A new prostate cancer test being developed by scientists could involve a home urine test. Experts hope this will revolutionise diagnosis of the disease by creating the at-home collection kit.
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The test is much more sensitive than current methods, picking up how aggressive the disease is and at what point men will need treatment.
It is used for men suspected of having cancer and can work out which men have aggressive or intermediate levels of the disease, as well as ruling out those who do not have prostate cancer.
The test cuts down the need for a barrage of other procedures, including biopsies, blood tests, a physical examination known as a digital rectal examination (DRE), or an MRI scan.
It is also suitable for men already diagnosed with low risk disease who are on a “watch and wait” approach known as active surveillance.
For these men, the test could cut follow-up appointments from once every year to once every two to three years.
Experts behind the Prostate Urine Risk (PUR) test, from the University of East Anglia (UEA) and the Norfolk and Norwich University Hospital, say they have now developed the test further so urine samples can be collected at home.
This means men do not have to go into the clinic to provide a urine sample or to undergo a rectal exam.
They say this is an important step, because the first urine of the day provides biomarker levels from the prostate that are much higher and more consistent than at other times.
Lead researcher Dr Jeremy Clark, from UEA’s Norwich Medical School, said: “The PUR test looks at gene expression in urine samples and provides vital information about whether a cancer is aggressive or ‘low risk’.
“Being able to simply provide a urine sample at home and post a sample off for analysis could really revolutionise diagnosis.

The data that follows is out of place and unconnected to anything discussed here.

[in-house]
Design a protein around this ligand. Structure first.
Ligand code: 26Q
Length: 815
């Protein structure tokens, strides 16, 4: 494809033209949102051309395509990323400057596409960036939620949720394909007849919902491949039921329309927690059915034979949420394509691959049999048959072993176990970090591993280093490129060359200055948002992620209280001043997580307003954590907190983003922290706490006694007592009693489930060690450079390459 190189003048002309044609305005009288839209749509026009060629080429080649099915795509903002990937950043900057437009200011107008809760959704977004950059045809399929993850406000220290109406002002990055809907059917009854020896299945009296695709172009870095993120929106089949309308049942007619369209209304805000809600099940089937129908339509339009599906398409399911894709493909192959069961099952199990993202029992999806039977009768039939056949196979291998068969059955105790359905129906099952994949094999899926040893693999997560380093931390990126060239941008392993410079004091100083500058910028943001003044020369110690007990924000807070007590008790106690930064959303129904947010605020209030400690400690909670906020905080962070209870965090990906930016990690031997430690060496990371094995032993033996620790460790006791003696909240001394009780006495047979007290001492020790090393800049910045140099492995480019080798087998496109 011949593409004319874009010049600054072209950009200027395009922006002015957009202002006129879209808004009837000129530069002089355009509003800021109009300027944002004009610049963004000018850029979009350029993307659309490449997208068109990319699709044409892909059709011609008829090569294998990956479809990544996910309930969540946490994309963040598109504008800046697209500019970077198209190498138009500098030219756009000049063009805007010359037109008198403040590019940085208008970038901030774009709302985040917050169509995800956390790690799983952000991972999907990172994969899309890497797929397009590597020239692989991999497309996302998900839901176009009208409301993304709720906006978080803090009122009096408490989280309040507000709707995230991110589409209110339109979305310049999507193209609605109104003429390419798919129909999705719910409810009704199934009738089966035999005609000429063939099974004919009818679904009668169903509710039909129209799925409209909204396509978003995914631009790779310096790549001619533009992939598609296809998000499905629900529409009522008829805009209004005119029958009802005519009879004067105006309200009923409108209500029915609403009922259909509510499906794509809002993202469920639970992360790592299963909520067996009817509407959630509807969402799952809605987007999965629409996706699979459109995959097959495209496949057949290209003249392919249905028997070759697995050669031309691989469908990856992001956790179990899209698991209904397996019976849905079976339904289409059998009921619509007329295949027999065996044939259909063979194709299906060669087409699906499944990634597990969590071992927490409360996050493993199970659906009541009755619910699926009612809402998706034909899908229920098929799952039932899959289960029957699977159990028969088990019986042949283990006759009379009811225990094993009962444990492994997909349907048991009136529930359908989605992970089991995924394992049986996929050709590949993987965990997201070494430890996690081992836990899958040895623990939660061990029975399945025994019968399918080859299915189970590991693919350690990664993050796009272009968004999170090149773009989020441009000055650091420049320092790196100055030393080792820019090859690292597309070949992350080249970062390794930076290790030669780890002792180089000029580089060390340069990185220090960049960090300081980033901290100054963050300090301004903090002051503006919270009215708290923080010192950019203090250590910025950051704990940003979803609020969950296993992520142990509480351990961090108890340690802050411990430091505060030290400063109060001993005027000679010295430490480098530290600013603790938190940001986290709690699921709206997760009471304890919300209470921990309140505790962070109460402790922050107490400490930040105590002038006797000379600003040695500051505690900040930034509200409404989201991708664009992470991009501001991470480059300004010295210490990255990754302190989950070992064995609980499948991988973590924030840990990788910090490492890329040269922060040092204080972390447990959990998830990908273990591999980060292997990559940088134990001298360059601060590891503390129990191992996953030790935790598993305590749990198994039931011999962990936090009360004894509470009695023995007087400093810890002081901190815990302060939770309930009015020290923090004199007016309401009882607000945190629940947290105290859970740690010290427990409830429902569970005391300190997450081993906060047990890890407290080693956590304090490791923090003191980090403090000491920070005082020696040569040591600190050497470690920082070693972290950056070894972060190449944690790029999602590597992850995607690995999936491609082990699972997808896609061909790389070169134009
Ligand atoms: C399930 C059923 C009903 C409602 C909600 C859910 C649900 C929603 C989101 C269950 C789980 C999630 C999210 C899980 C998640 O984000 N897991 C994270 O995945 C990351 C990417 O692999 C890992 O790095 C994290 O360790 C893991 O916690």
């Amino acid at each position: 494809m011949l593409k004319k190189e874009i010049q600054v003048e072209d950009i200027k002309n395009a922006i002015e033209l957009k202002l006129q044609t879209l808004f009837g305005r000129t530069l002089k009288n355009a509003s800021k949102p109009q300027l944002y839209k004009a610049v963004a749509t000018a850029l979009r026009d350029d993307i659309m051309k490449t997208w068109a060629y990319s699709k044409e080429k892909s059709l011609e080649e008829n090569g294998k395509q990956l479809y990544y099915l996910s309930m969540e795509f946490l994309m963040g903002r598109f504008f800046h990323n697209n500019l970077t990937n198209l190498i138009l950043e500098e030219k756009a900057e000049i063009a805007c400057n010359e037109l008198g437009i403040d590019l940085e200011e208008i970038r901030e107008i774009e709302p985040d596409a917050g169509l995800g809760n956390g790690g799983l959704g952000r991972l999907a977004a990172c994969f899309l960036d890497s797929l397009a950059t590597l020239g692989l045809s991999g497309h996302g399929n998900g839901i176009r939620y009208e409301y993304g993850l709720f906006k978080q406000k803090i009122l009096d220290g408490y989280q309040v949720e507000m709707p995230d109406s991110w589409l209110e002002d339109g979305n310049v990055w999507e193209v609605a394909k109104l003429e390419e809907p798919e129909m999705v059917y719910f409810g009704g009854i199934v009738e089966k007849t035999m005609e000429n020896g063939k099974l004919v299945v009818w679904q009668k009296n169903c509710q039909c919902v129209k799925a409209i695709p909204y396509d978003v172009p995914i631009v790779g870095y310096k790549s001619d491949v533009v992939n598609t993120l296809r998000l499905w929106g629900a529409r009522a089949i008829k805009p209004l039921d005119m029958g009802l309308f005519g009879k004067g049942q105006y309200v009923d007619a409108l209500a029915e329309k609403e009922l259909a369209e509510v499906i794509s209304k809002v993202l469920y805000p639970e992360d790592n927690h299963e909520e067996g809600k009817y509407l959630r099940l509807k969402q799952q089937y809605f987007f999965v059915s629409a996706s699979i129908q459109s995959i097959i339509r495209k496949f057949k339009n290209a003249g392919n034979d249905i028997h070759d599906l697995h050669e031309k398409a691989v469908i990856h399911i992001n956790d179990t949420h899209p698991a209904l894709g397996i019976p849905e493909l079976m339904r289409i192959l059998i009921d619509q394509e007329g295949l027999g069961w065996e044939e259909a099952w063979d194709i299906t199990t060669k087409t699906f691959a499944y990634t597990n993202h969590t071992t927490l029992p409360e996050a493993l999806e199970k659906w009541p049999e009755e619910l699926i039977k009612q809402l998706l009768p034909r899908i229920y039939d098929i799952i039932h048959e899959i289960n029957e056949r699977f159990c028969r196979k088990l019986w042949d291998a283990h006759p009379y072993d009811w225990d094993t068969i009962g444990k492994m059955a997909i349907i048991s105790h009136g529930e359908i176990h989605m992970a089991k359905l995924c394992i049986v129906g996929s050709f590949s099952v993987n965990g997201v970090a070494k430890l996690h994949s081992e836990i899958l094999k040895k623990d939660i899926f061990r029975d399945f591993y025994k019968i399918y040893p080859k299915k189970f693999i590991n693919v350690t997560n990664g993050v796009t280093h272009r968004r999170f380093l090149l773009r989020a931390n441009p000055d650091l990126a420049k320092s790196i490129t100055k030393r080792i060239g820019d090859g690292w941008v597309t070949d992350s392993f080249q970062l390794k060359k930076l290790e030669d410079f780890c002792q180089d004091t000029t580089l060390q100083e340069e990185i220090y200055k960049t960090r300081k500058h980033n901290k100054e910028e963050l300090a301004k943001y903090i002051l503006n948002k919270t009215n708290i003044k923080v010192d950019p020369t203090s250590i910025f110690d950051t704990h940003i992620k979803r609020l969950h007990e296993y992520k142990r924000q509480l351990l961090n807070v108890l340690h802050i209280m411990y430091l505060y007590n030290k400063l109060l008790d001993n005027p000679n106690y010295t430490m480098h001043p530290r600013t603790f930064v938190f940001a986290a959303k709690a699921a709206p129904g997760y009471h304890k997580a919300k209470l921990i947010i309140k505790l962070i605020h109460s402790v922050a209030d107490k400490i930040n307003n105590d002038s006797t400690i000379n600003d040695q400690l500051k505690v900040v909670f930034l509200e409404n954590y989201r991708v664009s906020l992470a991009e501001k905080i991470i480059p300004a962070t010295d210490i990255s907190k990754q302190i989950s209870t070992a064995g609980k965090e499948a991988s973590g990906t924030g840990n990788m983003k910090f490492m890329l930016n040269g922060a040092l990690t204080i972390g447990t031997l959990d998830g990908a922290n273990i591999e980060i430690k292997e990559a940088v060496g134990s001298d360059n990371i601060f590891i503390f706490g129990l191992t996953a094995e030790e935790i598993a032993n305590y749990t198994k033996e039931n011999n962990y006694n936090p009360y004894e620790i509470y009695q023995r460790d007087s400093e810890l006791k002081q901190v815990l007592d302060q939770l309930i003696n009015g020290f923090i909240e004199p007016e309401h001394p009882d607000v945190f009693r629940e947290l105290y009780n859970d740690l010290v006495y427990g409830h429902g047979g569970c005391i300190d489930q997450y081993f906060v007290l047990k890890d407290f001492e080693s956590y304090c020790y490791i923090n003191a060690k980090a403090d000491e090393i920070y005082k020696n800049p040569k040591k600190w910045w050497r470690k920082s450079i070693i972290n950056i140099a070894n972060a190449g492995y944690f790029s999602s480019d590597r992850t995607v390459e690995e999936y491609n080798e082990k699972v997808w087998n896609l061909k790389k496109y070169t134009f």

“It means that men would not have to undergo a digital rectal examination, so it would be much less stressful and should result in a lot more patients being tested.”
As part of a small study, the researchers gave 14 men at-home collection kits and compared the results of their morning-time home urine samples with samples collected after a digital rectal examination.
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Dr Clark said: “We found that urine samples taken at home showed the biomarkers for prostate cancer much more clearly than after a rectal examination.
“And feedback from the participants showed that the at-home test was preferable.”
At present, medics can struggle to identify those patients with an aggressive form of prostate cancer who need immediate treatment from those who are low risk and put on active surveillance.
But Dr Clark said: “Using our at-home test could in future revolutionise how those on active surveillance are monitored for disease progression, with men only having to visit the clinic for a positive urine result.
“This is in contrast to the current situation where men are recalled to the clinic every six to 12 months for painful and expensive biopsies.
“Because the PUR test accurately predicts aggressive prostate cancer, and predicts whether patients will require treatment up to five years earlier than standard clinical methods – it means that a negative test could enable men to only be retested every two to three years, relieving stress to the patient and reducing hospital workload.”
The research team say that their findings could also help pioneer the development of at-home collection tests for bladder and kidney cancer.
Around 48,000 men are diagnosed with prostate cancer each year in the UK, and more than 11,000 die from it.
Prostate cancer symptoms
Spotting the symptoms of prostate cancer is also important. Sympotms don’t usually occur until the cancer has grown large enough to out pressure on the tube that carris urine from the bladder out of the penis, known as the urethra.
When this happens, the NHS says the following symptms may appear:
- Needing to pee more frequently, often during the night
- Needing to rush to the toilet
- Difficulty in starting to pee (hesitancy)
- Straining or taking a long time while peeing
- Weak flow
- Feeling that your bladder has not emptied fully
- Blood in urine or blood in semen
These symptoms don’t always mean you have prostate cancer, but you should always see your GP who can rule any serious causes out.
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